Compared to physiotherapists’ ratings, more of the orthopaedic surgeons rated positively that patients understood the information they had been given and that they took the patient’s wishes into consideration, as well as that the patient felt involved in the decision. On the other hand, a greater proportion of patients gave high ratings to the information given, and the questions about being heard in the meeting with their physiotherapist, compared to the meeting with their orthopaedic surgeon. This indicates that there is a discrepancy between how patients and caregivers experience these meeting(s) and the process of treatment decision-making. A potential difference in patients’ experience is that a structured rehabilitation might include several meetings between the patient and physiotherapist, while an orthopaedic surgeon only meets the patient once or a few times. Lack of time and concern about interference with workflow are factors that have been shown to be barriers for practising SDM in orthopaedic clinics, although a meeting where the conversation is based on an SDM approach might not be more time consuming [29].

Orthopaedic surgeons and physiotherapists gave high ratings to the statement that they agreed about the choice of treatment, but this was done by fewer physiotherapists (58–66%) than orthopaedic surgeons (80%). However, there was a high number of responses stating that the physiotherapist or orthopaedic surgeon was not involved in the decision. Previous research has shown that the orthopaedic surgeon might not always be involved in a non-ACLR decision [8], and perhaps a physiotherapist is not always involved when an early decision for ACLR is taken. In contrast, orthopaedic surgeons and physiotherapists do state that they rate the importance of each other’s assessments highly [6]. Since it is proposed that a structured rehabilitation should be initiated in most situations before the treatment decision is made [5], it is likely that the physiotherapist will have had repeated contact with the patient before the treatment decision takes place. The physiotherapist will therefore have had the opportunity to discuss the preferred treatment and expectations with the patient. Our results show that there might be room for improvement in the interprofessional communication between physiotherapists and orthopaedic surgeons. Panesar et al. [33] found that the causes of adverse events in an orthopaedic setting are often related to poor teamwork and poor communication, which emphasises the importance of interprofessional communication.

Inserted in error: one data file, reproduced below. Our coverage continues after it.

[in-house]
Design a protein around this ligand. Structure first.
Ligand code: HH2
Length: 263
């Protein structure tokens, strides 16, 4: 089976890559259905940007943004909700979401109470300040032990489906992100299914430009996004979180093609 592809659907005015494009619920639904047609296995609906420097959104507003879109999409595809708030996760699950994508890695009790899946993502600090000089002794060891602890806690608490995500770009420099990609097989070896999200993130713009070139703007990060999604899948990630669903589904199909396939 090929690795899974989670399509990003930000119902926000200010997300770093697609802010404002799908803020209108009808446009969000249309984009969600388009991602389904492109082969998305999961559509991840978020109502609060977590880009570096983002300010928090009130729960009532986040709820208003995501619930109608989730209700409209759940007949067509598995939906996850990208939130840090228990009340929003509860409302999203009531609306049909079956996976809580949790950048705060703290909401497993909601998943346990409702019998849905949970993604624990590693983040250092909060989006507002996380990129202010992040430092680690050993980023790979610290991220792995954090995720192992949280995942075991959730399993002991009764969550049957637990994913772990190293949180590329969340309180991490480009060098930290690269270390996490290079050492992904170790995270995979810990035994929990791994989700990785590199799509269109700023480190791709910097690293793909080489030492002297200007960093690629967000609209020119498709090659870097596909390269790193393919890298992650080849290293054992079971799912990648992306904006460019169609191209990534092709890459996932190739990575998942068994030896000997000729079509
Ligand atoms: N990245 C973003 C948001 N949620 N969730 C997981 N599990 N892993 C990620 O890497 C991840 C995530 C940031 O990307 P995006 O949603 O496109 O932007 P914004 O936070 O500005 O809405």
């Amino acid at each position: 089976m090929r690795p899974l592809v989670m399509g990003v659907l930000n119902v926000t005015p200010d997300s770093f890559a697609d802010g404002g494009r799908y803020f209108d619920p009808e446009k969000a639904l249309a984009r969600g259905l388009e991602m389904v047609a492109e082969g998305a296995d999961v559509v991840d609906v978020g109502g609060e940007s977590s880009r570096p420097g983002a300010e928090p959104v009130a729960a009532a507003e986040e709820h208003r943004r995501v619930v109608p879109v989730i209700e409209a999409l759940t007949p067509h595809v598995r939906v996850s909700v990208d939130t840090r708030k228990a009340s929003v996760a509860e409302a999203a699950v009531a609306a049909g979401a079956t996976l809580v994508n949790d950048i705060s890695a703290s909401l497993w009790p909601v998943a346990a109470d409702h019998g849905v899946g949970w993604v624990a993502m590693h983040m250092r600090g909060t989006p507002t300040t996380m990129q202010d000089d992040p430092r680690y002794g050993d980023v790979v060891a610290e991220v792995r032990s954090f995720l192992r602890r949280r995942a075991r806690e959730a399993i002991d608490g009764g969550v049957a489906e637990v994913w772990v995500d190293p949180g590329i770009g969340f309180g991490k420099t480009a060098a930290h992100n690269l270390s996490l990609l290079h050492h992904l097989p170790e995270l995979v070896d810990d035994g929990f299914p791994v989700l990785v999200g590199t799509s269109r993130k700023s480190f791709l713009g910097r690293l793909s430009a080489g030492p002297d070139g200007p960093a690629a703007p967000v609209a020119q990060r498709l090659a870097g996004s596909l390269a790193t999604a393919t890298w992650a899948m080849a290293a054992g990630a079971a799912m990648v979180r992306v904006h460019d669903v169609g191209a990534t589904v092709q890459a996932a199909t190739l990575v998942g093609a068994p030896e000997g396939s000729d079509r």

The choice of surgical treatment after an ACL injury is an elective surgery with a possible quality-of-life enhancing result, rather than a treatment for a life-threatening situation or condition. In such situations, many factors might affect patients’ preferences and expectations, depending on the state of the diagnosis and patient characteristics [34]. Discussions of preoperative expectations, as well as postoperative reality, is suggested to be an important part of clinical care [35]. The results of the present study show that the majority of patients with an ACL injury were satisfied with the information they received from both their orthopaedic surgeon and their physiotherapist. Most patients also experienced that they were given the opportunity to explain what was important to them, and that the healthcare professionals listened. However, fewer patients with a non-ACLR treatment decision seem to have felt that they were involved in the decision to choose treatment. This calls for action to understand what patients need during the decision-making process in order to experience involvement and how healthcare personnel can enhance patient involvement.